Additional research spans across centuries and continents, touching on everything from high-profile scandals and private hypocrisy, to the enmeshment of religion in politics and the destructive power of hierarchal and authoritarian thinking in relations between the genders and generations. Yancey includes figures from surveys and polls (‘In total, 52 percent of those surveyed judged that religion does more harm than good.’) as well as anecdotes from private conversations with the disillusioned (‘“I tried religion […] The whole time I was sitting there I wanted to get out.”’)

In the early portions of this book, Yancey seems intent on following the advice of Lutheran scholar Martin Marty, who he quotes in chapter two: ‘”Hold up the mirror if you are a believer, and ask whether anything anyone is saying or doing gives legitimate grounds for anti-religion to voice itself and creates a market for [anti-religious ideas]”’. Unfortunately, the rest of Vanishing Grace veers away: after outlining all of the ways that churches have harmed the spiritual, emotional, and physical wellbeing of individuals, families, and entire communities, Yancey spends the remainder of his book strategizing about how evangelical Christians might win over new converts. By chapter three, it is evident that Vanishing Grace is not about correcting destructive doctrine and behavior, but rather about new ways to market the same old brands.

‘According to Barna surveys, 61 percent of today’s youth had been churched at one point during their teen years but are now spiritually disengaged,’ Yancey writes. On the previous page, he details the common experiences of many ‘postChristian’ youth, who carry memories of ‘a domineering parent, a youth director or priest guilty of sexual abuse, a nasty divorce which the church handled clumsily’. But rather than suggesting that churches get serious about rooting out problems that flourish in of their own congregations, Yancey frames the wounded as little more than hardened targets, who he likens to bitter divorcees: ‘A divorcee won’t easily fall for sweet nothings from a suitor — she’s heard them all before — and has a basic distrust of romance.’

With this view in mind, Yancey’s advice boils down to various strategies for psychoanalyzing the seriously aggrieved in order to come up with more sophisticated emotional manipulations and smoother, more tailored pick-up lines: ‘To communicate to postChristians I must first listen to their stories for clues to how they view the world and how they view people like me’; Yancey writes, having apparently forgotten a previous and very salient point, made using a quote from a woman of his acquaintance: ‘“It seems to completely undermine sincere relationship building if you are looking at people as ‘targets’ to convert.”’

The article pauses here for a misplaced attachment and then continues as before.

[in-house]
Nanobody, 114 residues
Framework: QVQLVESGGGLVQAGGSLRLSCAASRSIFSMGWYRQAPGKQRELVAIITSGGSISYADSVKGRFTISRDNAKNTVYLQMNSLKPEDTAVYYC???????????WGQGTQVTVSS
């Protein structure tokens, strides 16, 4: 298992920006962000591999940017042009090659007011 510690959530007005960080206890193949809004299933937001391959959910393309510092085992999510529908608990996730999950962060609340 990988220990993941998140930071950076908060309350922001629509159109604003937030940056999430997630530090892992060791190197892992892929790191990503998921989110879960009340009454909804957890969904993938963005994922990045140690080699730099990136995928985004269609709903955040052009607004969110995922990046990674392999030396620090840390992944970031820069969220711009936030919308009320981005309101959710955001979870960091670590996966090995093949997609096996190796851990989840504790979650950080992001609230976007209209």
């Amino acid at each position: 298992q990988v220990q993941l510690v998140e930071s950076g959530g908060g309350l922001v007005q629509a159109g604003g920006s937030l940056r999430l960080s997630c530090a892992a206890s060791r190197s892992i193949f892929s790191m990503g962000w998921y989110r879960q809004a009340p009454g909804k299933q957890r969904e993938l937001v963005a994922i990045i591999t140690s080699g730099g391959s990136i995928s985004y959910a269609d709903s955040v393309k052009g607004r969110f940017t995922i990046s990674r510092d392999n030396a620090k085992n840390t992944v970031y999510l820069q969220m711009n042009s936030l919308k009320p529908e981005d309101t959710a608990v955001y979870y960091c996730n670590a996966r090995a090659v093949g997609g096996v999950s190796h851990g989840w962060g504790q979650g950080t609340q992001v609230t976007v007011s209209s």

Ultimately, Vanishing Grace does a fair job of explaining why people are abandoning the burning ships of modern evangelical faith. But rather than recommending changes that might put out the fires, this book is mostly about how to lure the previously burned back on board. In my opinion, this kind of ‘gospel’ is the worst of all bad news: it spells another trip through the ringer for those whose battered faith can least afford it; and it is also bad news for those who are born into churches that are best at turning vulnerable seekers into hardened spiritual divorcees.

To my mind, the weakness in Yancey’s logic is his conviction that those who have fled from toxic religion are left in a perpetual state of spiritual longing. Making this point, he quotes author Henri Nouwen: ‘“God help me to see others not as my enemies or as ungodly but rather as thirsty people. And give me the courage and compassion to offer your Living Water.”’ But for me, letting go of religion meant releasing an endless source of unhappiness and pain. Looking back, I don’t feel the least bit wistful about it. Eventually it doesn’t matter how much you polish up the promise: people will remember your faith for what was delivered. [Grade: C]

Vanishing Grace is available at Amazon and other fine retailers.

M. Dolon Hickmon is a freelance columnist for The Freethinker and OnFaith. He explores the intersections of religion and child abuse in essays published around the web, as well as in the pages of his critically acclaimed novel, 13:24 – A Story of Faith and Obsession. You can follow his writing on Twitter @TVOS1324.

Last Sunday, my church made me very uncomfortable (and that’s OK)

On Sunday, I walked into my church, dropped Elias and Adeline off at their classrooms, grabbed a cup of coffee, and found a seat in the auditorium. I was early, so as I waited, I scanned my Instagram feed and soon learned via one of the photos I saw that the church service I was getting ready to experience was apt to make me very uncomfortable. In fact, I was already uncomfortable.

It wasn’t the topic that caused me to feel uneasy or the obnoxious light show they often display, but rather the special guest they invited, somebody closely connected to a Christian organization that I think is toxic, a company that I personally find gross and impossible to support. At first, I silently panicked, scrolling through the Rolodex of sporadic thoughts running through my brain: